Comparison of the Risk for Peripheral Vertigo between Physicians and the General Population
Background: Because of the limited information available regarding peripheral vertigo (PV) in physicians, we conducted this study to clarify this issue.
Methods: We used Taiwan National Health Insurance Research Database to identify 26,309 physicians and an identical number of general population matched by age and sex. All the participants who had PV before 2007 and residents were excluded. By tracing their medical histories between 2007 and 2013, comparisons of PV risk between physicians and general population and among physicians were performed.
Results: Physicians had a significantly lower PV risk than the general population (adjusted odds ratio [AOR]: 0.811; 95% confidence interval [CI]: 0.662–0.994). In comparison among physicians, otolaryngologists had a significantly higher PV risk than other specialties. Physicians who were older or served in local hospitals or clinics had a significantly higher PV risk than physicians in medical centers.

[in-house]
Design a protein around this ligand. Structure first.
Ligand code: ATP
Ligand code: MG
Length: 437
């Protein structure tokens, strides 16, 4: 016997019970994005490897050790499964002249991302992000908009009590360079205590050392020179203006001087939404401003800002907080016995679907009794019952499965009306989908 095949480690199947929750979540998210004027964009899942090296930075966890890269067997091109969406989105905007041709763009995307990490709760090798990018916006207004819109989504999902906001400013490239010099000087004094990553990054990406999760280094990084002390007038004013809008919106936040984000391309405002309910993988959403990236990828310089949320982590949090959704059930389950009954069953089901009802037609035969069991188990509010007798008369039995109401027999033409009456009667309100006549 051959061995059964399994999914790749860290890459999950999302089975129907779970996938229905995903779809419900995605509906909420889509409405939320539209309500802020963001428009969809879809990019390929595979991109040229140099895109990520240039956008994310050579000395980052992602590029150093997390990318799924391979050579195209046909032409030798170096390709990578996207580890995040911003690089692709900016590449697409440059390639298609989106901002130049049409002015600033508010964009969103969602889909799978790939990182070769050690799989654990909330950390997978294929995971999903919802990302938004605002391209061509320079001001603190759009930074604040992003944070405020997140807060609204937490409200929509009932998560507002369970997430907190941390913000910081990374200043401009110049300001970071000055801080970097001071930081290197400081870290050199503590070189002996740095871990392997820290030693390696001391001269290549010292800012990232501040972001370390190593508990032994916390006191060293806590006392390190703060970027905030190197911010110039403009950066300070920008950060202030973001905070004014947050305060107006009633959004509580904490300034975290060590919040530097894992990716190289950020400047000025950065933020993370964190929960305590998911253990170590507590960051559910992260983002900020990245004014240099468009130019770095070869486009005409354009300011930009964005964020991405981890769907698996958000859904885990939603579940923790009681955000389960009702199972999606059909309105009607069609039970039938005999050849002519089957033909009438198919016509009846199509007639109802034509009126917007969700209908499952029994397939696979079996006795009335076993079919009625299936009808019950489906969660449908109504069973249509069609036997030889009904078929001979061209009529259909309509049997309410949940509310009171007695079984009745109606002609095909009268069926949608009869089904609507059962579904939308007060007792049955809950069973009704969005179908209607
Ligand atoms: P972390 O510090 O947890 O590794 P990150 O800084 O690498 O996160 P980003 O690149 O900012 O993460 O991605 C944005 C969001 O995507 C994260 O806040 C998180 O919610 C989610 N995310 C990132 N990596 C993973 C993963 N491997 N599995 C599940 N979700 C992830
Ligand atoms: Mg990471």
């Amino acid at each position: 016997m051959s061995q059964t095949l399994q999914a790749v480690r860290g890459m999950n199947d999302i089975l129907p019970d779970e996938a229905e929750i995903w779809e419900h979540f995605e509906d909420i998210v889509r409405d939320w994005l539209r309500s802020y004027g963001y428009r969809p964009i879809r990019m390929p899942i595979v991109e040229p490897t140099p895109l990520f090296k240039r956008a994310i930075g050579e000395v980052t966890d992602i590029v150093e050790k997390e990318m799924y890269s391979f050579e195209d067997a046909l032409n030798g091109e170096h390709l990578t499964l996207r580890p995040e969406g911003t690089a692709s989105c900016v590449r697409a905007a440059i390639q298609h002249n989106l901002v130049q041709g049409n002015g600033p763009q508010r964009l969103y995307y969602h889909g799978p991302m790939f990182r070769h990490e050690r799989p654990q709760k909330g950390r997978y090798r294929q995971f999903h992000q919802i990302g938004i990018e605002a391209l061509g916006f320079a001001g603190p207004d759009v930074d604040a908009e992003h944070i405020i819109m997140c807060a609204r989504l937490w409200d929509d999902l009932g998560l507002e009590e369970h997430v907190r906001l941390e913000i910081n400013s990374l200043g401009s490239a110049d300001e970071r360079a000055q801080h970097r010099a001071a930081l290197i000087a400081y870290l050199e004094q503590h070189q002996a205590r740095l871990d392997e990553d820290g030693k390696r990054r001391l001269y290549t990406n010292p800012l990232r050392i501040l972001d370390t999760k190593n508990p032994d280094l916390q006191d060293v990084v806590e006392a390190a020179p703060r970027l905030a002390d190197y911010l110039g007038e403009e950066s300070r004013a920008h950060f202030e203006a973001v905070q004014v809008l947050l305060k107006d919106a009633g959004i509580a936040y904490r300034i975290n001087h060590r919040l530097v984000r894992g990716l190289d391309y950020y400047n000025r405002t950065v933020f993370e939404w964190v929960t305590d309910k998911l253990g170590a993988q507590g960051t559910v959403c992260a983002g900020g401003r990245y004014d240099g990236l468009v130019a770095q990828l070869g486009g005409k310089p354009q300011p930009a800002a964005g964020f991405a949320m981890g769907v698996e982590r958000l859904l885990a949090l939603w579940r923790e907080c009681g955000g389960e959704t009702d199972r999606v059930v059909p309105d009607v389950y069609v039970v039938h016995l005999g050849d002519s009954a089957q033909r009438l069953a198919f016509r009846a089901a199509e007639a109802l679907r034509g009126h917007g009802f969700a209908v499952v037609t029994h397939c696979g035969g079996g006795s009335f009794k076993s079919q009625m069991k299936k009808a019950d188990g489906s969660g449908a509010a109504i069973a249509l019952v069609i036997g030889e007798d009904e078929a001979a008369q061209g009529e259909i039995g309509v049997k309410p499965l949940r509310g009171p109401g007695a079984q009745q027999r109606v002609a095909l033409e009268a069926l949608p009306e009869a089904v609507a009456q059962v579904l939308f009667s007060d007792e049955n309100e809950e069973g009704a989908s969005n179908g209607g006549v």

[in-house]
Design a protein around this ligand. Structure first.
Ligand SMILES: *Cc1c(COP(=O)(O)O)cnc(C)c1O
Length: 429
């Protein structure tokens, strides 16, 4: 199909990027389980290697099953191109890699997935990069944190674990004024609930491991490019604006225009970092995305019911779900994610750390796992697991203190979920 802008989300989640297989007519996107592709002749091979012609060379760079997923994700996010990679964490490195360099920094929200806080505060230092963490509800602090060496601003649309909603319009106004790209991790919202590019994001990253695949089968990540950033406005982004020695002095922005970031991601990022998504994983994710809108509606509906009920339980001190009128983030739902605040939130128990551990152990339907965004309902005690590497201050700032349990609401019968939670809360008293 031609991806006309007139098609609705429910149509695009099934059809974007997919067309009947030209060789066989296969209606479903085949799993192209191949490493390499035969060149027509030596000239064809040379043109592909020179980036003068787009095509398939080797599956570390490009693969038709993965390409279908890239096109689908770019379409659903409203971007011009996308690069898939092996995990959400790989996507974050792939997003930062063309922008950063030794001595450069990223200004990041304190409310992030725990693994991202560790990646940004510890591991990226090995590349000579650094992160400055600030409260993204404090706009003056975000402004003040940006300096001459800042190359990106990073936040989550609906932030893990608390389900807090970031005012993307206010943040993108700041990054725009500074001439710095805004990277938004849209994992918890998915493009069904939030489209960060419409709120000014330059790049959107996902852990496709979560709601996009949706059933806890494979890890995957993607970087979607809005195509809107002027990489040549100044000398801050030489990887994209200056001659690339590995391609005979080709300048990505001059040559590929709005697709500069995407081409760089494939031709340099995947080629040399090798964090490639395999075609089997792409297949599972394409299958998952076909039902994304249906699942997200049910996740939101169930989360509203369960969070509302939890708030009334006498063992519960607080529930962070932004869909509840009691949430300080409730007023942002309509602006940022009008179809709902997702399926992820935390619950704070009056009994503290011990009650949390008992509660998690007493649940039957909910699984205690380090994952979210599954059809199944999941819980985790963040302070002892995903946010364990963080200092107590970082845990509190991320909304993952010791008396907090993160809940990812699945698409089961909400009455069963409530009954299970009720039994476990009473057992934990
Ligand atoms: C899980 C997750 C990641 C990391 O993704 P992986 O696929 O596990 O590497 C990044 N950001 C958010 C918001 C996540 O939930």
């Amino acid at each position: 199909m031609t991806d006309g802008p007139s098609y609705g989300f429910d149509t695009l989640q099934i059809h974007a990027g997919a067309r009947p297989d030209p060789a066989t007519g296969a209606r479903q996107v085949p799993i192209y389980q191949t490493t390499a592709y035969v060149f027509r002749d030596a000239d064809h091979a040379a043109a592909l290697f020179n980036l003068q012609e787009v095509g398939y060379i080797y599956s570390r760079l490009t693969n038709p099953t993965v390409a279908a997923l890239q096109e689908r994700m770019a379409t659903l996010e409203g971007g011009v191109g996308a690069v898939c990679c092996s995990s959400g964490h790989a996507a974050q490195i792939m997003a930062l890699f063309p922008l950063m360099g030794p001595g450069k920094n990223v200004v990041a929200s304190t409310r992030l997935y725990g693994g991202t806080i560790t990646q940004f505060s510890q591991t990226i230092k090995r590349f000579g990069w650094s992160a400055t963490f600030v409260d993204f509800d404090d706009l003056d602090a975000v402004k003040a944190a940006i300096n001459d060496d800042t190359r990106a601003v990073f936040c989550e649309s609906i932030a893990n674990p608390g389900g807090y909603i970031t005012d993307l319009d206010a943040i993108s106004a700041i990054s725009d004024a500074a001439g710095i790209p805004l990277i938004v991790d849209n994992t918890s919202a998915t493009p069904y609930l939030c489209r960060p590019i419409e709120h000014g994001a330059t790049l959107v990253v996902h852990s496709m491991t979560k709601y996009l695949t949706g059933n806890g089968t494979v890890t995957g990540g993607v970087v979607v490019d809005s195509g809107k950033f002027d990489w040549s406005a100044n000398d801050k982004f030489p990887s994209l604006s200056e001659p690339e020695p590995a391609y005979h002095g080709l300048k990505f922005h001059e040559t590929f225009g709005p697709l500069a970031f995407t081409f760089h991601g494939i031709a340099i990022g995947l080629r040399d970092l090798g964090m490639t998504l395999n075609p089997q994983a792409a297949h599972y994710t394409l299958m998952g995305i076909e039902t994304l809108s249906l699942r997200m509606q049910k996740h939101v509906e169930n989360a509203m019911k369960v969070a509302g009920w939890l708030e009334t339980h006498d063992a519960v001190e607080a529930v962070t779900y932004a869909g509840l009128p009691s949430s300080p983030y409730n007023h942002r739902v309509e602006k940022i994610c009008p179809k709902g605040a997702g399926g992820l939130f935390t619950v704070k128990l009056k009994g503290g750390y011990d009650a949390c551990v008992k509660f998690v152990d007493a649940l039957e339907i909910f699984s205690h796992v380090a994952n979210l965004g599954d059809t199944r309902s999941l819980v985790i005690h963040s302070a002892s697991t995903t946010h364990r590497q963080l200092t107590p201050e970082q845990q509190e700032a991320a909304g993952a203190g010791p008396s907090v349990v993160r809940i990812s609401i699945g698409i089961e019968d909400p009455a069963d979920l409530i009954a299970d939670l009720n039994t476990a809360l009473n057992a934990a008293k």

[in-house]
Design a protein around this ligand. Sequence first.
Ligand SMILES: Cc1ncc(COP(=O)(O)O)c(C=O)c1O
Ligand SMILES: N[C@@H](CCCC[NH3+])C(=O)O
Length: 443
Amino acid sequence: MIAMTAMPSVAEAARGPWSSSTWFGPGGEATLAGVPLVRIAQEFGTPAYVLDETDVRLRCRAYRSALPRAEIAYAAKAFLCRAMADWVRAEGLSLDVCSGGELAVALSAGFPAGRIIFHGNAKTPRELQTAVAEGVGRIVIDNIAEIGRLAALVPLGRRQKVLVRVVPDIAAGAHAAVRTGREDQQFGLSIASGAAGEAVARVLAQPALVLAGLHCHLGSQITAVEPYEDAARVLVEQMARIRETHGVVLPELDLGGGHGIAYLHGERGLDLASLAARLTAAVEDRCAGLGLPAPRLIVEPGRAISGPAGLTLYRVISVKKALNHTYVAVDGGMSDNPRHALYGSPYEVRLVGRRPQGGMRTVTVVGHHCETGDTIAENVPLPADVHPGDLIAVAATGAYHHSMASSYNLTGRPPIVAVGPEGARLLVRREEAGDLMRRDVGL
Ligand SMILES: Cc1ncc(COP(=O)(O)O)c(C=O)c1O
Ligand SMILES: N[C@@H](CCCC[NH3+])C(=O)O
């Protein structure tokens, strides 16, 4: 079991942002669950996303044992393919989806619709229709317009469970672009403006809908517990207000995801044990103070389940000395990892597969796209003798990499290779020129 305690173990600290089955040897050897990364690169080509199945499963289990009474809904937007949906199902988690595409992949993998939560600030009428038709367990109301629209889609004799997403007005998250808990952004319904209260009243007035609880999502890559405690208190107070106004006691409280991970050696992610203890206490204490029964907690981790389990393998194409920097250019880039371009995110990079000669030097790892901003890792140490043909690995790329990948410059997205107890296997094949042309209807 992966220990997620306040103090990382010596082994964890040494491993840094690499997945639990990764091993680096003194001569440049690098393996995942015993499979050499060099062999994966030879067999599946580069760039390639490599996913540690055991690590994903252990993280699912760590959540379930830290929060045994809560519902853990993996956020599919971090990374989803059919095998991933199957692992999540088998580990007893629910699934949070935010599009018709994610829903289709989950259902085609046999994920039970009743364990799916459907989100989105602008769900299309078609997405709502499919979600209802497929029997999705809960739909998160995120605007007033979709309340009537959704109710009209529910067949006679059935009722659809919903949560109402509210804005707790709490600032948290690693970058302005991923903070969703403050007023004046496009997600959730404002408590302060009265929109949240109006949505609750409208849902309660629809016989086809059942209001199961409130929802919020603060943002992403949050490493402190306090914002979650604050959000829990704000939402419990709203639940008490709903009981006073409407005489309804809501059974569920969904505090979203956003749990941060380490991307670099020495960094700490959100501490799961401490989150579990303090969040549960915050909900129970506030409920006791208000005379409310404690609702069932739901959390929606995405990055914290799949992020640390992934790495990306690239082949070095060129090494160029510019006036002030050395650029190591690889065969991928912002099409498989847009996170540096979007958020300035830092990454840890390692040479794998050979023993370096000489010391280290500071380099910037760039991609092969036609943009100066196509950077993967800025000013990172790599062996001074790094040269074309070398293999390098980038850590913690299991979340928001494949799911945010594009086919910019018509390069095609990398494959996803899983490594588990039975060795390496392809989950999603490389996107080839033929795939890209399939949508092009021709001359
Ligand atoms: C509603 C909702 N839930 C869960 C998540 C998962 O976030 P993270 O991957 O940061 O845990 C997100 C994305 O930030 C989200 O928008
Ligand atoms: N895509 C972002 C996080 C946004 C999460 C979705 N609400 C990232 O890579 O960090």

Conclusion: Physicians had a significantly lower PV risk than the general population. Better medical knowledge in physicians than in the general population may explain the findings; however, further studies are warranted for elucidating the detailed mechanisms.
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